Of the orthogonality and the pattern matching described above, in order to establish the pattern matching, it is necessary to multiplex data strings in two lanes back to one data string, and then to judge whether or not the content of the data string is correct. At this time, in order to multiplex the data strings in the two lanes in synchronized timing, the two electric signals regenerated by a demodulator need to be subjected to clock extraction, identification, and regeneration by using clock data recovery (CDR) circuits, and then to synchronization and multiplexing. At this time, the two electric signals are originally generated from one input signal and hence have the same data rate. However, phases of the electric signals are skewed and fluctuate due to disturbances that occur in the modulator/demodulator and a transmission line. In order to reduce the effects of the phase fluctuation on the transmission characteristics, it is necessary to subject the two electric signals once to the clock extraction, identification, and regeneration by the CDR circuits that operate independently of each other, and then to perform synchronization and multiplexing based on one of the clocks.

At this time, the skew fluctuation between the two electric signals described above and the phase fluctuation of clock recovery circuits of the two CDR circuits can be absorbed by a synchronization circuit. However, in that case, the skew between the electric signals and the skew between the recovered clocks of the two CDR circuits at the time point when the synchronization is fixed lead to certain bit shifts in the two synchronized lanes and affect the arrangement of output data after multiplexing. Therefore, pattern matching needs to be set so that the bit shift between data lanes, the lane swapping, and the polarity inversion are performed while monitoring the polarity inversion and lane swapping described above as well as the contents of the multiplexed data strings, to thereby realize a combination that regenerates the correct data string.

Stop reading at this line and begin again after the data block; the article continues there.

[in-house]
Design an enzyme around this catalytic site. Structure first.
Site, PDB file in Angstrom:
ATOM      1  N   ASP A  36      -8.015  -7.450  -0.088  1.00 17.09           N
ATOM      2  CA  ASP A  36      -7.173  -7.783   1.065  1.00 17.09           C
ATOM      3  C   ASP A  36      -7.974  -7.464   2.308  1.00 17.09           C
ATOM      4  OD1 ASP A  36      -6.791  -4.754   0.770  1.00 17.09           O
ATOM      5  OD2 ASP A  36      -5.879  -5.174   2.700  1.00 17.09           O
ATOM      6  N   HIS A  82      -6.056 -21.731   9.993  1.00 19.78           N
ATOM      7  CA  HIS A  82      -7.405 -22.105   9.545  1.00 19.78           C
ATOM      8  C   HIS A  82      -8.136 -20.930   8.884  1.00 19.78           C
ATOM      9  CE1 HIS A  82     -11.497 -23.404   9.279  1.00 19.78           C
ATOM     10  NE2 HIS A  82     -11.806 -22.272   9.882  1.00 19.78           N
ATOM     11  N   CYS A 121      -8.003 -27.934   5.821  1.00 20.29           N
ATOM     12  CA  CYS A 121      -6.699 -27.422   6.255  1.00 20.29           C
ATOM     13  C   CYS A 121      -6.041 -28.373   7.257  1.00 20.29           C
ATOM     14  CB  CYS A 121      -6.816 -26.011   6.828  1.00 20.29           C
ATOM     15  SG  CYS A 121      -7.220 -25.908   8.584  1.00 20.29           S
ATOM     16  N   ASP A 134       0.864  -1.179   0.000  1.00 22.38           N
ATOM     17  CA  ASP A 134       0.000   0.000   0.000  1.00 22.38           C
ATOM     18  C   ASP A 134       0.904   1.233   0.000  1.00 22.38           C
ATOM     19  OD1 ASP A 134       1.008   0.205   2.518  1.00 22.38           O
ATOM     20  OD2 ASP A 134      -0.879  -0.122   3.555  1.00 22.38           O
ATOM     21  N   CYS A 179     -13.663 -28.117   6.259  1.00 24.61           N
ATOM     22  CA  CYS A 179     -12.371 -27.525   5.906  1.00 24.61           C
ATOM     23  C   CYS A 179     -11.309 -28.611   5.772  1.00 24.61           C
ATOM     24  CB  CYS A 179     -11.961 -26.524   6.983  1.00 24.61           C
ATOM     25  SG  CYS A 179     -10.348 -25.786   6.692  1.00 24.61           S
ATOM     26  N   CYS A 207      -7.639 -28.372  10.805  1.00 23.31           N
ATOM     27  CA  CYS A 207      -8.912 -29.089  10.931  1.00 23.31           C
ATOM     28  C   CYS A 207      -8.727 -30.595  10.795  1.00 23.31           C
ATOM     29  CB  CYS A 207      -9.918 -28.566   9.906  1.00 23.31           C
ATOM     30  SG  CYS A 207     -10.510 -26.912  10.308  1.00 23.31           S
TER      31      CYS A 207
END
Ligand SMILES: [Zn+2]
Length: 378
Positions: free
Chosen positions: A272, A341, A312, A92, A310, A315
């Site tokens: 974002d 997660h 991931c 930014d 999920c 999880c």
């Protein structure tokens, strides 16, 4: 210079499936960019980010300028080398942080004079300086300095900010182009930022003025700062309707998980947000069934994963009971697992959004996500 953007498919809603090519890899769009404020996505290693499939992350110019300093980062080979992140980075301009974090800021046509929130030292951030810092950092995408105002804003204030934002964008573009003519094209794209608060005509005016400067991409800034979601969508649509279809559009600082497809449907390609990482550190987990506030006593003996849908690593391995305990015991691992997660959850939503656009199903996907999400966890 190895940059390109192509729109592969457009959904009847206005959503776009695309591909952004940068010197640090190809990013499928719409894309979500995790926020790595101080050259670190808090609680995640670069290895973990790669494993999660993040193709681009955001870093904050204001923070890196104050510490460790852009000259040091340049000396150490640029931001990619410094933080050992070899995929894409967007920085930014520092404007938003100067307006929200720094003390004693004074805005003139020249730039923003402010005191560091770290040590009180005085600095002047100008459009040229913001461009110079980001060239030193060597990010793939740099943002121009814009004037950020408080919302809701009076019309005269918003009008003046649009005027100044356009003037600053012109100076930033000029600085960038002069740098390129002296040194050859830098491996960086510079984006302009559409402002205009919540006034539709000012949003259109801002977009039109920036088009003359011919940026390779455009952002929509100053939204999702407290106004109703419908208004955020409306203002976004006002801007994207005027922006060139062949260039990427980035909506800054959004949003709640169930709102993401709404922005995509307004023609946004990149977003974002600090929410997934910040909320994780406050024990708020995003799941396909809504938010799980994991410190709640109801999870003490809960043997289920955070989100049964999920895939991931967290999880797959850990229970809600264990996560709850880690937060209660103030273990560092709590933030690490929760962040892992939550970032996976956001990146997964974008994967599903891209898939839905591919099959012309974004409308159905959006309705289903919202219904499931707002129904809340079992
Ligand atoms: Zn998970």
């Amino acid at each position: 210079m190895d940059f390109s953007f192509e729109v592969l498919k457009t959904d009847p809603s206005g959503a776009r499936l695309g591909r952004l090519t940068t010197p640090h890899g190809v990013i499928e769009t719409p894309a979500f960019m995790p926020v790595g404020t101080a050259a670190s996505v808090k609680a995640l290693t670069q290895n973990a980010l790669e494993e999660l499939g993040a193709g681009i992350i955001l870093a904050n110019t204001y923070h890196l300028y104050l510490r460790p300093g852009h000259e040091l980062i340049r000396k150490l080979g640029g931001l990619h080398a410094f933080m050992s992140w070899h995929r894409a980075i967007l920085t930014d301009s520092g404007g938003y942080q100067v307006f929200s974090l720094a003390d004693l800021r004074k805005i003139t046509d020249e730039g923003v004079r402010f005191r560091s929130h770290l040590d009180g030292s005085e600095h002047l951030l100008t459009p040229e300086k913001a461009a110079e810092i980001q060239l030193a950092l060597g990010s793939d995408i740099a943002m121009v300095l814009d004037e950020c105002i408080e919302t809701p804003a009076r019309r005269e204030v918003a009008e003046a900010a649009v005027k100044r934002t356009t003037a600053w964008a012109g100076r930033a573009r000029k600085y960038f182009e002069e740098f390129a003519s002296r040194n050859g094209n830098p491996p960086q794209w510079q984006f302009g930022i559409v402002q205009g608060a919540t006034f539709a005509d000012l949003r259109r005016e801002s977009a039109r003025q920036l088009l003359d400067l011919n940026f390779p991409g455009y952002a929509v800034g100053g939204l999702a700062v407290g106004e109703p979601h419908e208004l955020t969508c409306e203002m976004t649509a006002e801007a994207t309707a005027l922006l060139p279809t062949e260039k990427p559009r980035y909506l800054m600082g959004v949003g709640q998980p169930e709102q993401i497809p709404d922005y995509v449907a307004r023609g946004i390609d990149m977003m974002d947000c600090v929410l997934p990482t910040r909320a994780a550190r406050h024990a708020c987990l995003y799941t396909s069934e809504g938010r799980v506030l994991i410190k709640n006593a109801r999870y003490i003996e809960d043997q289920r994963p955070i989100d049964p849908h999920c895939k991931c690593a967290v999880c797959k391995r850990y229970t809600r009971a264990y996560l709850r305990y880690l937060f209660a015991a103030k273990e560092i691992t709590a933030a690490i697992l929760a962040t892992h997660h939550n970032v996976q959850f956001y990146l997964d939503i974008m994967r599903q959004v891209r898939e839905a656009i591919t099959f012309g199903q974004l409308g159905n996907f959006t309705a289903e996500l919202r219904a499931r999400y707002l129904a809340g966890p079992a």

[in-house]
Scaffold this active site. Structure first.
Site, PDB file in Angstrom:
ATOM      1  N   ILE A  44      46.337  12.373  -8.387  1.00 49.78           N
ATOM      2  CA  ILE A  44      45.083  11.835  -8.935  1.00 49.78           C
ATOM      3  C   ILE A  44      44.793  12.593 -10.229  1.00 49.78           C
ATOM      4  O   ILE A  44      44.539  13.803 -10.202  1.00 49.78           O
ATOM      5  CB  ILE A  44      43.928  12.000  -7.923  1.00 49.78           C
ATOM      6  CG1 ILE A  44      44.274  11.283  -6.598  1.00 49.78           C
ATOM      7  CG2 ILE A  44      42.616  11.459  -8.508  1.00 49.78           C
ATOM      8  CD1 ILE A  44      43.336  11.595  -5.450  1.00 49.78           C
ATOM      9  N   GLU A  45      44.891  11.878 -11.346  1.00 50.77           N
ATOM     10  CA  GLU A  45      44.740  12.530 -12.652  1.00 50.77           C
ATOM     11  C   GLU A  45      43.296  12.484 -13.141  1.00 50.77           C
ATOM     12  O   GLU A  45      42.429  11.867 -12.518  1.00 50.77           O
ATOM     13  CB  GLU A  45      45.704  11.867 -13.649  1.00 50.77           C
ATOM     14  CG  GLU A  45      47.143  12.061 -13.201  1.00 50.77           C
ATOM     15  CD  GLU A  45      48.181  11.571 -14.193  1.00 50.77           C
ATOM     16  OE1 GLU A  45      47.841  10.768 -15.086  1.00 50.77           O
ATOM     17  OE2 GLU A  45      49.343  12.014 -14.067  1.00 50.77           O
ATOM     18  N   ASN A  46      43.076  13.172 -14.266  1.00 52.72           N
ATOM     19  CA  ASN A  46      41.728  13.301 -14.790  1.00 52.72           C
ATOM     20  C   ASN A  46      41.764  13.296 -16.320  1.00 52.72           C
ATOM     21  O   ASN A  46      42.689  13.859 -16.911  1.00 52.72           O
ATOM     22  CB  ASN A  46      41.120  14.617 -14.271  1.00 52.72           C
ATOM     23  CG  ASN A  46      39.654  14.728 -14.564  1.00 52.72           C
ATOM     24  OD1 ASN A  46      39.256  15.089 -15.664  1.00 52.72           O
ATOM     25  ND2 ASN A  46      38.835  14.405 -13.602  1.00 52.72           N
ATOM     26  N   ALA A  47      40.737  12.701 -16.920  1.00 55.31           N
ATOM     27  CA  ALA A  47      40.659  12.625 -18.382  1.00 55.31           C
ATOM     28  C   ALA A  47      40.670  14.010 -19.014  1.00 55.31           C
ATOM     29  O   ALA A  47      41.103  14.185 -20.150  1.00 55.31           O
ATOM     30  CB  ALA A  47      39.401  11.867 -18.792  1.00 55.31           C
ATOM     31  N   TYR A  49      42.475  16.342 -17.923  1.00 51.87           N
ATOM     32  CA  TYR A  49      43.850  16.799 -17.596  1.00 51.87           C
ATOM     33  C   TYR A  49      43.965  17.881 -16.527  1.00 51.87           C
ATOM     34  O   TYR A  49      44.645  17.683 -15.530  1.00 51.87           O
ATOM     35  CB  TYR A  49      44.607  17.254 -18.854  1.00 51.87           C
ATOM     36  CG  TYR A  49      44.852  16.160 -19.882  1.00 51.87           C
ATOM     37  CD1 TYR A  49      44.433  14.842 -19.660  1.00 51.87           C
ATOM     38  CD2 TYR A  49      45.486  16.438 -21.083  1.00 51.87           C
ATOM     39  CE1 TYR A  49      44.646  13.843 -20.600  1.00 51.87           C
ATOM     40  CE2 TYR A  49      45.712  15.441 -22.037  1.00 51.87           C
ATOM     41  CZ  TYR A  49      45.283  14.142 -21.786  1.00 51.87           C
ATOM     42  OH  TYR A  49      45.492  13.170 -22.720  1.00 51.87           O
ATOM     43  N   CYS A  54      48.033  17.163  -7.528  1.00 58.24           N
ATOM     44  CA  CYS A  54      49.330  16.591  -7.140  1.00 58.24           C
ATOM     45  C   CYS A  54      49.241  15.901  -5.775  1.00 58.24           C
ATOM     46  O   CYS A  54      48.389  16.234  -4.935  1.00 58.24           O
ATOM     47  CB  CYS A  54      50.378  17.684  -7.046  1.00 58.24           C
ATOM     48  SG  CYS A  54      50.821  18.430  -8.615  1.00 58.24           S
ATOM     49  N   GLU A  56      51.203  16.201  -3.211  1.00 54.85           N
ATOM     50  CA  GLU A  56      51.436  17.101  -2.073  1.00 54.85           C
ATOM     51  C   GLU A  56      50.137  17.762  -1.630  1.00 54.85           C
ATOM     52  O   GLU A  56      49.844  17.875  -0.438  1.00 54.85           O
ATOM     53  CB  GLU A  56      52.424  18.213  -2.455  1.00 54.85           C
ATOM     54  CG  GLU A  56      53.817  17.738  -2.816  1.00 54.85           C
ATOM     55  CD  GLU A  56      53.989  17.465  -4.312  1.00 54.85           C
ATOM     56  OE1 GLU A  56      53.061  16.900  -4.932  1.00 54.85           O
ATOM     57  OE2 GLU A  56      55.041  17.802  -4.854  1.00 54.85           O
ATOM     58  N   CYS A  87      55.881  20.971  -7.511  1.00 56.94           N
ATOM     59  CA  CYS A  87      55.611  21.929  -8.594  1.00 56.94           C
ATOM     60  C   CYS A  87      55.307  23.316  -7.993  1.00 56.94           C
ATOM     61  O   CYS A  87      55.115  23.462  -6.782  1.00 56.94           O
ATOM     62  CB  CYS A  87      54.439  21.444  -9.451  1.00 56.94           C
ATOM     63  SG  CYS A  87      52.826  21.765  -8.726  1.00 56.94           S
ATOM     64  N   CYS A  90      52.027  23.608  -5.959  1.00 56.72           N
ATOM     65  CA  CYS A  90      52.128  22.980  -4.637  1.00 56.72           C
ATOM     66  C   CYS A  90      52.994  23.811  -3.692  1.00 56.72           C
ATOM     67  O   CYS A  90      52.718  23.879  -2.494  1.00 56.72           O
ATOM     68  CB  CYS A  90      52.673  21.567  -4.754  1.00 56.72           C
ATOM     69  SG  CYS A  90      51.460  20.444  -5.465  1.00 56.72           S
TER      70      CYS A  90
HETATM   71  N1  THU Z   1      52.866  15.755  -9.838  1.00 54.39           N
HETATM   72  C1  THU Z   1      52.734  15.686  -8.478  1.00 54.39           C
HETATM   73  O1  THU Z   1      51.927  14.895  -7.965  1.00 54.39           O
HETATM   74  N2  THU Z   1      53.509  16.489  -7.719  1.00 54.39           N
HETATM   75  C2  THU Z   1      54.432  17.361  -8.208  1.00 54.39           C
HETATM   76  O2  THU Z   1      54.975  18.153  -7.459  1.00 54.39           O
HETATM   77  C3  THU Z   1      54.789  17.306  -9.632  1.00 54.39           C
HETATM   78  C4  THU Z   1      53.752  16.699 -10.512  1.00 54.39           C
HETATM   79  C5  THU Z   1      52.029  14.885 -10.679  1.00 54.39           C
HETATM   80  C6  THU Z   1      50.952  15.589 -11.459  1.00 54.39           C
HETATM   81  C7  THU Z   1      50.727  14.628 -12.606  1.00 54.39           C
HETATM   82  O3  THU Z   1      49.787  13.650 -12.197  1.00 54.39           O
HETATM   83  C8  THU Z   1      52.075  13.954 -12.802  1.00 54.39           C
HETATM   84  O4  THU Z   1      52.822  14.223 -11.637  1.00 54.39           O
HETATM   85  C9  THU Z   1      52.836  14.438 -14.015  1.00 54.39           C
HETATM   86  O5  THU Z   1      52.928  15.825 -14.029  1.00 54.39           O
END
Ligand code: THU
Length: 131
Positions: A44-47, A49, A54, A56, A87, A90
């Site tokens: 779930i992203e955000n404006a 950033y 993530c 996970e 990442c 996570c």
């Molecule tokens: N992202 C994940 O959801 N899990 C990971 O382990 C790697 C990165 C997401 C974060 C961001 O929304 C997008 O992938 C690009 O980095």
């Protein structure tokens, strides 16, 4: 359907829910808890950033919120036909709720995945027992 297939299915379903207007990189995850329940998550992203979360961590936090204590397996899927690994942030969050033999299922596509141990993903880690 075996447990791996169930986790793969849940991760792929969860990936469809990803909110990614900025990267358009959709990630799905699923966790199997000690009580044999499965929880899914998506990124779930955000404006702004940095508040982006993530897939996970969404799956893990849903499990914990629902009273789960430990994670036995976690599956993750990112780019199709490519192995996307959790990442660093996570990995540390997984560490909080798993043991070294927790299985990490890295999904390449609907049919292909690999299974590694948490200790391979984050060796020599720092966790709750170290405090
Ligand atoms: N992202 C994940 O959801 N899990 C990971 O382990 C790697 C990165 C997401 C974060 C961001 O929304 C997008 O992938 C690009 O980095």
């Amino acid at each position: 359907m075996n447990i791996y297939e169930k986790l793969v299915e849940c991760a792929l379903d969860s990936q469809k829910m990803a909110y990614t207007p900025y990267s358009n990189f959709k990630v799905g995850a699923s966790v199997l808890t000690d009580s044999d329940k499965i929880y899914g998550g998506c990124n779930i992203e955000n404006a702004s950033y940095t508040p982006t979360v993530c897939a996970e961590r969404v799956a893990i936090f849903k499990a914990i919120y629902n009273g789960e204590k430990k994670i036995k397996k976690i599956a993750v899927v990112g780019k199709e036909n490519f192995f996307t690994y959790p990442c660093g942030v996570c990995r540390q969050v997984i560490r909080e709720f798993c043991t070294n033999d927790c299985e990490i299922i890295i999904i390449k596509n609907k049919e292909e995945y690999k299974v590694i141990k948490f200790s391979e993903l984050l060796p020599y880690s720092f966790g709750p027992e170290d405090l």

The bit shift amount is determined by performances of the modulator and the demodulator and configurations of the two CDR circuits, and also changes due to the fluctuations in the performances as well as configurations and variations in the operation environment. Therefore, depending on the conditions, the number of combinations that need to be verified is increased. Further, in a receiving circuit having a configuration in which data strings regenerated by the two CDR circuits are further parallelized, and then the synchronization and the pattern matching are performed, the bit shift accompanying the parallelization may also be generated, with the result that the number of combinations that need to be verified at the time of the pattern matching is further increased.

As described above, in order to multiplex the data strings regenerated by at least two independent CDR circuits, to thereby quickly establish the conduction of the clock recovery signal, the important issue is to reduce the number of combinations that need to be verified for pattern matching that can regenerate the correct data string.

It is an object of the present invention to provide an optical receiver capable of quickly establishing the signal conduction in a case where the signal conduction is to be established by multiplexing at least two data strings regenerated from the optical signal that has been subjected to quadrature phase modulation.